- Series: Collected Works of C.G. Jung (Book 3)
- Hardcover: 316 pages
- Publisher: Princeton University Press; 2nd ed. edition (December 1, 1960)
- Language: English
- ISBN-10: 0691097690
- ISBN-13: 978-0691097695
- Product Dimensions: 6.4 x 1.1 x 9.3 inches
- Shipping Weight: 1.7 pounds (View shipping rates and policies)
- Average Customer Review: 5 customer reviews
- Amazon Best Sellers Rank: #792,761 in Books (See Top 100 in Books)
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The Psychogenesis of Mental Disease (Collected Works of C.G. Jung, Volume 3) 2nd ed. Edition
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"The whole of the book reflects the development of Jung's thinking through the years on the nature of mental illness. It seems that room should now be made on the psychiatrist's shelf right next to the important volumes by Bleuler and Arieti."--Psychiatric Quarterly
From the Back Cover
The importance of this volume of scientific papers for understanding Jung's researchers as a whole can scarcely be overrated, even though most of them are now mainly of historical interest or represent the reflections of his later years on a subject that never ceased to engage his active psychotherapeutic endeavors.
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Here are some representative quotations from the book:
"Fairness to Freud, however, does not imply, as many fear, unqualified submission to a dogma; one can very well maintain an independent judgment. If I, for instance, acknowledge the complex mechanisms of dreams and hysteria, this does not mean that I attribute to the infantile sexual trauma the exclusive importance that Freud apparently does." (Pg. 3-4)
"In men, sexuality, if not acted out directly, is frequently converted into a feverish professional activity or a passion for dangerous sports, etc., or into some learned hobby, such as a collecting mania." (PG. 49-50)
"Psychological analysis is far from being able to explain in a clear and illuminating fashion all cases of the disease with which we are here concerned. On the contrary, the majority remain exceedingly obscure and difficult to understand, not least because only a fraction of the patients recover." (Pg. 170-171)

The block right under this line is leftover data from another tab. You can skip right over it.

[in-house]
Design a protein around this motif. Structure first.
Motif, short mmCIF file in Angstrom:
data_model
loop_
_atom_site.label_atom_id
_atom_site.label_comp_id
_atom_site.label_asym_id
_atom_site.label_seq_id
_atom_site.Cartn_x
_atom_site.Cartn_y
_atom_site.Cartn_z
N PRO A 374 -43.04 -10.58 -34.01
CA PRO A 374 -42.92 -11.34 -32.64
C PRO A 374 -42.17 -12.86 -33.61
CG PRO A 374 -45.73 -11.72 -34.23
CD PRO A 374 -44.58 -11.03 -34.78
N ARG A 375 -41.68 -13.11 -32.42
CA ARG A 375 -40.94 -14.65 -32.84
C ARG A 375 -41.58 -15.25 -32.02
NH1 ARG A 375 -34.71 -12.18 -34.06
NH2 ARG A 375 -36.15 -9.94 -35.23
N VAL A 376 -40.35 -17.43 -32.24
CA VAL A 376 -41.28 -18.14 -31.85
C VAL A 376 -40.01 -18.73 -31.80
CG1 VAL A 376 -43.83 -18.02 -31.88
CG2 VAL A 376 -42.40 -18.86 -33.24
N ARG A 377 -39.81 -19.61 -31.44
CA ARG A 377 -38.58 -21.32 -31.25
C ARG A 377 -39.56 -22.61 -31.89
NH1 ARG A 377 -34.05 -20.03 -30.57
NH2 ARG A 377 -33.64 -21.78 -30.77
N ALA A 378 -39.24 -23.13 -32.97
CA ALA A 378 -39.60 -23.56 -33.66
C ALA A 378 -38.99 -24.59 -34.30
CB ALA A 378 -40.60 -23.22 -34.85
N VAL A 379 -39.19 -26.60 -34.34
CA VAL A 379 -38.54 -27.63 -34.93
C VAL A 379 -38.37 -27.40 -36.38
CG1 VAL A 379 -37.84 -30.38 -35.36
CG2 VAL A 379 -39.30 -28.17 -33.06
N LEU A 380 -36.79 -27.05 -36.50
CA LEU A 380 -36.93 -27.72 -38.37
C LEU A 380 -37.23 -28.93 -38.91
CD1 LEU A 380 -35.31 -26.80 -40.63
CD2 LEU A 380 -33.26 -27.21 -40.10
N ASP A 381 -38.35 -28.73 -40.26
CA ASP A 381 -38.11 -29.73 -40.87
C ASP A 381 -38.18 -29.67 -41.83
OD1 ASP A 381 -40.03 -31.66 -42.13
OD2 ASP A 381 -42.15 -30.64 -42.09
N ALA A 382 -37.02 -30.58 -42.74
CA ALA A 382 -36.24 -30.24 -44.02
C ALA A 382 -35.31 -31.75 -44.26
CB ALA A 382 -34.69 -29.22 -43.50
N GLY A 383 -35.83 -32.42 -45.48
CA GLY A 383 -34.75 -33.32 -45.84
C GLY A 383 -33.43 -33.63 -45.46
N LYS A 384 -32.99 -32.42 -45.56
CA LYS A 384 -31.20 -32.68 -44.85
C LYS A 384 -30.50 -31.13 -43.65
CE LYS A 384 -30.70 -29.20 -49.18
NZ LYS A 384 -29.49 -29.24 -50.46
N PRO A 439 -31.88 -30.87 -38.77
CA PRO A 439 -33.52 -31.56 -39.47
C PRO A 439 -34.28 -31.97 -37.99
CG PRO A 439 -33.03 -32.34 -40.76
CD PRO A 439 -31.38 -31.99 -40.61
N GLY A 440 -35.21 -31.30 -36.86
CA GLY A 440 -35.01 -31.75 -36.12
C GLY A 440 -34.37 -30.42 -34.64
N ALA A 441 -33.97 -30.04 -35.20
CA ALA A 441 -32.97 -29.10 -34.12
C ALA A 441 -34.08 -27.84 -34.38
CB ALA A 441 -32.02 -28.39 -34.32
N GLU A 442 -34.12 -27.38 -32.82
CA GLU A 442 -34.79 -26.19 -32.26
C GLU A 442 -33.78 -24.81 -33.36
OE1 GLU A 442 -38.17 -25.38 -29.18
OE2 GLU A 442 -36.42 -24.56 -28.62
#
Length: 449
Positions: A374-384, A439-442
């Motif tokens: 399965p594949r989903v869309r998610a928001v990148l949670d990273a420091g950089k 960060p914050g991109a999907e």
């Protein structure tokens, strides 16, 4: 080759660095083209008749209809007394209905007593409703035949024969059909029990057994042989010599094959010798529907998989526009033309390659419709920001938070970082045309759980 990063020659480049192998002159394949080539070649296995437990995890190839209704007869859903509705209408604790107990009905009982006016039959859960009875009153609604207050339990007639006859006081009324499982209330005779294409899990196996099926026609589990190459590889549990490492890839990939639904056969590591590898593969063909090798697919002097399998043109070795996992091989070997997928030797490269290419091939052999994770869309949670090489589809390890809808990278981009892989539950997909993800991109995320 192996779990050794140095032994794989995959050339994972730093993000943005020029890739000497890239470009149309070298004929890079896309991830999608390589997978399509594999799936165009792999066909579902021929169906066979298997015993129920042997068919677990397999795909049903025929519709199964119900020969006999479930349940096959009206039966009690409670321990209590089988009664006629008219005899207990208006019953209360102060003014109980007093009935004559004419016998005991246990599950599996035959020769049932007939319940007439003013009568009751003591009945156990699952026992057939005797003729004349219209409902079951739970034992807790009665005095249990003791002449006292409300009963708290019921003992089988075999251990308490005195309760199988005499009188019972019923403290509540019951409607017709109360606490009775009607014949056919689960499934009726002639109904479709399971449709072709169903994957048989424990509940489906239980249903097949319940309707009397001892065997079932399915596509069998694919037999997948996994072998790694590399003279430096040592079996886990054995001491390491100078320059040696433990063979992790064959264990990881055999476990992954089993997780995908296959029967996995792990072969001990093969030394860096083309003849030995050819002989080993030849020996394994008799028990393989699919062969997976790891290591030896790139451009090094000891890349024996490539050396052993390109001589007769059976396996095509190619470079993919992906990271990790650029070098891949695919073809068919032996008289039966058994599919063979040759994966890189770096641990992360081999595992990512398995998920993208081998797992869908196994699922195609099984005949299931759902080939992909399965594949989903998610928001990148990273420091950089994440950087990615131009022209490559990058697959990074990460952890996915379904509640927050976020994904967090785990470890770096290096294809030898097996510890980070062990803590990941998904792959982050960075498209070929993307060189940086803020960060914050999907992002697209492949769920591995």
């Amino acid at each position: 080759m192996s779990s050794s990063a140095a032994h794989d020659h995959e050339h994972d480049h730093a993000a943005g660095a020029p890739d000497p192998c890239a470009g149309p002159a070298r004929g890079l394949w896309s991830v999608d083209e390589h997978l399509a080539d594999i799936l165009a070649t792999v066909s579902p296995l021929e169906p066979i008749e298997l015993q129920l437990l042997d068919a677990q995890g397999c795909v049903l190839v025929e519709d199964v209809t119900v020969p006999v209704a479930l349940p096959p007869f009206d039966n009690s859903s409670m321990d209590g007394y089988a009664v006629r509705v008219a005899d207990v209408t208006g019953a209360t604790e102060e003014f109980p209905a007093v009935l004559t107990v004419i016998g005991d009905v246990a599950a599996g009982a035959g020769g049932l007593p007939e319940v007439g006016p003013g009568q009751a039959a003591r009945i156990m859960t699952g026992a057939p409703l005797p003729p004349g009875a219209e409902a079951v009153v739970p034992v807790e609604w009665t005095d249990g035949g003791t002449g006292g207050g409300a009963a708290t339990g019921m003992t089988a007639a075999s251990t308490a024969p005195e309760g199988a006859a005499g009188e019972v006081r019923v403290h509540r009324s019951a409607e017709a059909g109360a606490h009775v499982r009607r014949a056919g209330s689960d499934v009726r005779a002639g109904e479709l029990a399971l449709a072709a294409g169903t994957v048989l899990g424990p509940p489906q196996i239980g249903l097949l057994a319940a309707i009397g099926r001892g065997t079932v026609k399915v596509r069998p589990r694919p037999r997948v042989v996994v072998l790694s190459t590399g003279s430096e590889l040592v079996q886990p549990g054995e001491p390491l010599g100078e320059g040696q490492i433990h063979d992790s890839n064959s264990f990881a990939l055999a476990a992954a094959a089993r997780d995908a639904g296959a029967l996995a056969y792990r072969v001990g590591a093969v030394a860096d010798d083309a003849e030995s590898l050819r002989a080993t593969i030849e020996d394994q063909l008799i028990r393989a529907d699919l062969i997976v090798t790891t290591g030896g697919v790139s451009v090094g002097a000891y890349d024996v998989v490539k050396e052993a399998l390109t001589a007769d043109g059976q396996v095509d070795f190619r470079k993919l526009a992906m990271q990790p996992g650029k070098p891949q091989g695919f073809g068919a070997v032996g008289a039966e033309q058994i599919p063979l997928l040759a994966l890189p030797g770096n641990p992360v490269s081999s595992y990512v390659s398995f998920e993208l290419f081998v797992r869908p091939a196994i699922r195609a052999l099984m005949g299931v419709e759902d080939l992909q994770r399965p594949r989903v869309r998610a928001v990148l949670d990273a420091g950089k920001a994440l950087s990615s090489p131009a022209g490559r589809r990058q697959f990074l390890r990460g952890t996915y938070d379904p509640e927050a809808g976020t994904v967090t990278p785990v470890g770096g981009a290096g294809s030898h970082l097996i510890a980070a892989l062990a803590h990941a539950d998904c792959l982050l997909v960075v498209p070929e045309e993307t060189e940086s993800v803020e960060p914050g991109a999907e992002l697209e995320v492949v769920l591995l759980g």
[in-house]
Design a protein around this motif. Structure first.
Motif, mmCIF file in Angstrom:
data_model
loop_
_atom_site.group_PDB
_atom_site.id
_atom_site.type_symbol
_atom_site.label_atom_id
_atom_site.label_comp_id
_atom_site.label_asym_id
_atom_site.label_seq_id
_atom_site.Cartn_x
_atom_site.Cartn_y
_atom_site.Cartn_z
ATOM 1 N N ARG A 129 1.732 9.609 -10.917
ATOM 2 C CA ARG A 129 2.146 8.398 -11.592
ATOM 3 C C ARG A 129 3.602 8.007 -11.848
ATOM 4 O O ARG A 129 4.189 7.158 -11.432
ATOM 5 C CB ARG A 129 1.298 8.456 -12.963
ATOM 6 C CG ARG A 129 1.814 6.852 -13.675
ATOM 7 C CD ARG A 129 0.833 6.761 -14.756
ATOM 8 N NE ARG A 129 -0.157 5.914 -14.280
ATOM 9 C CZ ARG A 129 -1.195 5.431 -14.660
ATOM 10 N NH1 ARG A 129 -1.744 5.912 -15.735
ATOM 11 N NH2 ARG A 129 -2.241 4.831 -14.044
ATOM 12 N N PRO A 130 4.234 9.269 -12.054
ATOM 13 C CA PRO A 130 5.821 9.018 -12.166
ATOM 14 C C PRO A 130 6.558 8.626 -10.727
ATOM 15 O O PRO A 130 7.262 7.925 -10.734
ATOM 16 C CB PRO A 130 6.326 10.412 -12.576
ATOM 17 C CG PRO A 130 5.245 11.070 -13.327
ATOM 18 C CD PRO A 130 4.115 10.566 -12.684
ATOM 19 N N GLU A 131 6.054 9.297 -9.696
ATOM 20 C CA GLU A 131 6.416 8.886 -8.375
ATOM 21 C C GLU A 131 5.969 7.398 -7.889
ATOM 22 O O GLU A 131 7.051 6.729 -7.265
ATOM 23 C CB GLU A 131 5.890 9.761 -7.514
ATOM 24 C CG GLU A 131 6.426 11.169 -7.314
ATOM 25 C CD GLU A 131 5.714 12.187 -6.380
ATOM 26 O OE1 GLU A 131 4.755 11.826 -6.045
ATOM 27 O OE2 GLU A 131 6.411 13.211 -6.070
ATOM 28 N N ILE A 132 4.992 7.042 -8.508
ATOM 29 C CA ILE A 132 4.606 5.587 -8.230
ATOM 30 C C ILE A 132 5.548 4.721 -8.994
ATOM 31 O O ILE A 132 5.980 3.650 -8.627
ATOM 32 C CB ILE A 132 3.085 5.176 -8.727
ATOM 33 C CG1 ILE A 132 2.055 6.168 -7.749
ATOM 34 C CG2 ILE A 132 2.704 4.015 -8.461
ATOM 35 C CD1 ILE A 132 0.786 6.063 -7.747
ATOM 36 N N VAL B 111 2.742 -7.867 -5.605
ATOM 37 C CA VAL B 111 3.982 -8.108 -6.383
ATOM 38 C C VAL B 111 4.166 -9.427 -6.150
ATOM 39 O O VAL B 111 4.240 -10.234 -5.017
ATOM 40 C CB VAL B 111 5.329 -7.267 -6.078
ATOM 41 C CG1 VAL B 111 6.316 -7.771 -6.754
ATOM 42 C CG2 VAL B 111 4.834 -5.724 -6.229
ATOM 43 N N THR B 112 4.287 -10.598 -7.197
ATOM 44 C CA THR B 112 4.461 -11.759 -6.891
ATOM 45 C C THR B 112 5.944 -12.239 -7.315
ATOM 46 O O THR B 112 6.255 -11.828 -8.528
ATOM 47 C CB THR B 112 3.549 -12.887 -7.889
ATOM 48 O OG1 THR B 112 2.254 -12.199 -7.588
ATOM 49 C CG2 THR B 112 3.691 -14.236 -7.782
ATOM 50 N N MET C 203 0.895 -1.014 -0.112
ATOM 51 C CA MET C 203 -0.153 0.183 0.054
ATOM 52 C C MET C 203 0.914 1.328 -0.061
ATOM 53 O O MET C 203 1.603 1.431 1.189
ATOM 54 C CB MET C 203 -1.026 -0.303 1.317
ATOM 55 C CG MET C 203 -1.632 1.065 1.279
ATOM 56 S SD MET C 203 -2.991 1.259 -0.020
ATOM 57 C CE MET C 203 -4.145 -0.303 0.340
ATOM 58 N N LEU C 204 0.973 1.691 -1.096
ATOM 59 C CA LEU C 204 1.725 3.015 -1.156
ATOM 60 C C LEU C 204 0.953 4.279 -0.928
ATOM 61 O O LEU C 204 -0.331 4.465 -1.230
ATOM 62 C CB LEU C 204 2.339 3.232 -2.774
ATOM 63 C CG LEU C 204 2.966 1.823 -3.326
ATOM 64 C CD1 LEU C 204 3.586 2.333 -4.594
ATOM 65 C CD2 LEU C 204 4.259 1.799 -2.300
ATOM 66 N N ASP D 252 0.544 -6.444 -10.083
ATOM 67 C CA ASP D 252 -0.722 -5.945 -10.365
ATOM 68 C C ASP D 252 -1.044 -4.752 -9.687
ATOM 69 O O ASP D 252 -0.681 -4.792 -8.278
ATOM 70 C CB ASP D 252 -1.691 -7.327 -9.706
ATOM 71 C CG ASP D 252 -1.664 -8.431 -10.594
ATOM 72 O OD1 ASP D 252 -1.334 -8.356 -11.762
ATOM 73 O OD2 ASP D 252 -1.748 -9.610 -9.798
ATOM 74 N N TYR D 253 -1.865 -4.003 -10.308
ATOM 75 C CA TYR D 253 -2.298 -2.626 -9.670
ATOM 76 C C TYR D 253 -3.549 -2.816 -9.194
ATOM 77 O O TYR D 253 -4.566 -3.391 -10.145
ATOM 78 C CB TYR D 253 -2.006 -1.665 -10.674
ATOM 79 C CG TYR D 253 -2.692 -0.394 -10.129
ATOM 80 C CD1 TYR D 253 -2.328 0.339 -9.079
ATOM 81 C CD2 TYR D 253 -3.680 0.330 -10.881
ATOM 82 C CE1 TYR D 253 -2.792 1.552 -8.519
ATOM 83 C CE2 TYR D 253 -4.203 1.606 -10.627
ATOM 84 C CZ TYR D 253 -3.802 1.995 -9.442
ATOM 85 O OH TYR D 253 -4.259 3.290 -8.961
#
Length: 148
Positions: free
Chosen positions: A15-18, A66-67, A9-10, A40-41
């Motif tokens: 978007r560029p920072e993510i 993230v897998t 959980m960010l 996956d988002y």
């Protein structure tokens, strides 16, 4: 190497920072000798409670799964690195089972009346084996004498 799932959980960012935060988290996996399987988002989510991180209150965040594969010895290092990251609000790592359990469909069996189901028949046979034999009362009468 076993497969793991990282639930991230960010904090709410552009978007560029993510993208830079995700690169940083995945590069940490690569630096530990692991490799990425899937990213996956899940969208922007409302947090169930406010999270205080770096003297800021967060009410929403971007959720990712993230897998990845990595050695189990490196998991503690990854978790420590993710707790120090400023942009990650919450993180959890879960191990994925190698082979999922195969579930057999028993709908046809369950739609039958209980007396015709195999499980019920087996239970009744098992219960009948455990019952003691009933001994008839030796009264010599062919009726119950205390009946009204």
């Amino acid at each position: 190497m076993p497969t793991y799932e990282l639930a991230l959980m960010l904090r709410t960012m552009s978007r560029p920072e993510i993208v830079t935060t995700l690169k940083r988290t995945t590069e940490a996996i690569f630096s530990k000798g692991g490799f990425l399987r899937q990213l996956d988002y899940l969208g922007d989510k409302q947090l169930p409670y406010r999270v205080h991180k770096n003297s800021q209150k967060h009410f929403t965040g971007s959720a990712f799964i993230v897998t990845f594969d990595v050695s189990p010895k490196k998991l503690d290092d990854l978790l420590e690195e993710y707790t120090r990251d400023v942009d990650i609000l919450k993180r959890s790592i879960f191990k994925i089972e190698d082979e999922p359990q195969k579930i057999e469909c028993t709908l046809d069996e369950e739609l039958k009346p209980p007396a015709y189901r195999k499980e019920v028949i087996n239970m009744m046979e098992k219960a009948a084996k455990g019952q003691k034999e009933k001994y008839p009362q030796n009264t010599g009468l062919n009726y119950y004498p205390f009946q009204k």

"(A)bnormal people ... refuse to recognize the compensating influence which comes from the unconscious and even continue to emphasize their one-sidedness in accordance with the well-known psychological fact that ... the convert is the greatest fanatic; for I become a fanatic when I attack outwardly a thing which inwardly I am obliged to concede is right." (Pg. 207-208)
"(I)t is well-nigh impossible to prove, even approximately, that schizophrenia is an organic disease to begin with. It is equally impossible to make its exclusively psychological origin evident." (Pg. 245)
"It was this frequent reversion to archaic forms of association found in schizophrenia that first gave me the idea of an unconscious not consisting only of originally conscious contents that have got lost, but having a deeper layer of the same universal character as the mythological motifs which typify human fantasy in general... The term I chose for this, namely 'archetype,' therefore coincides with the biological concept of the 'pattern of behavior.'" (PG. 261)
Jung's theory begins with an explanation of the "feeling toned complex." All acts of consciousness, to one degree or another, are accompanied by affectivity or emotional sensations, both positive and negative. During our everyday activities, these emotional tones constellate together forming very elaborate systems of emotions. At best, we are aware of all of them, especially when there is a dynamic tension between tones as this causes us to seek equilibrium by any means possible. For example, a desire to visit a friend may be accompanied by a fear of that friend's dog. As long as the individual is aware of these two emotional tones, he/she can find some way to compromise these desires. The problem begins to deepen when an individual is not conscious of an emotionally toned complex.
To explain what I take Jung to mean by "complex" I will use an analogy from astronomy, which seems fitting due to his regular use of the term "constellate." In the case of a fully conscious complex, the individual is aware of all of the component parts. I will use the example of planets revolving around a sun. If the individual is aware of the sun (a fear of dogs, perhaps) then they are very aware of why the planets behave the way they do (why they respond negatively around dogs). But, Jung discovered that many complexes exist below the threshold of consciousness. To change the analogy, I propose changing the sun into a black hole, where any attempts at visual identification yield negative results. The individual is left observing the planets (symptoms) with no clue as to why they behave the way they do (complex). Jung's psychological method then seems akin to applying Kepler's Law to the constellated planets to come to a conclusion as to what must be keeping them in orbit.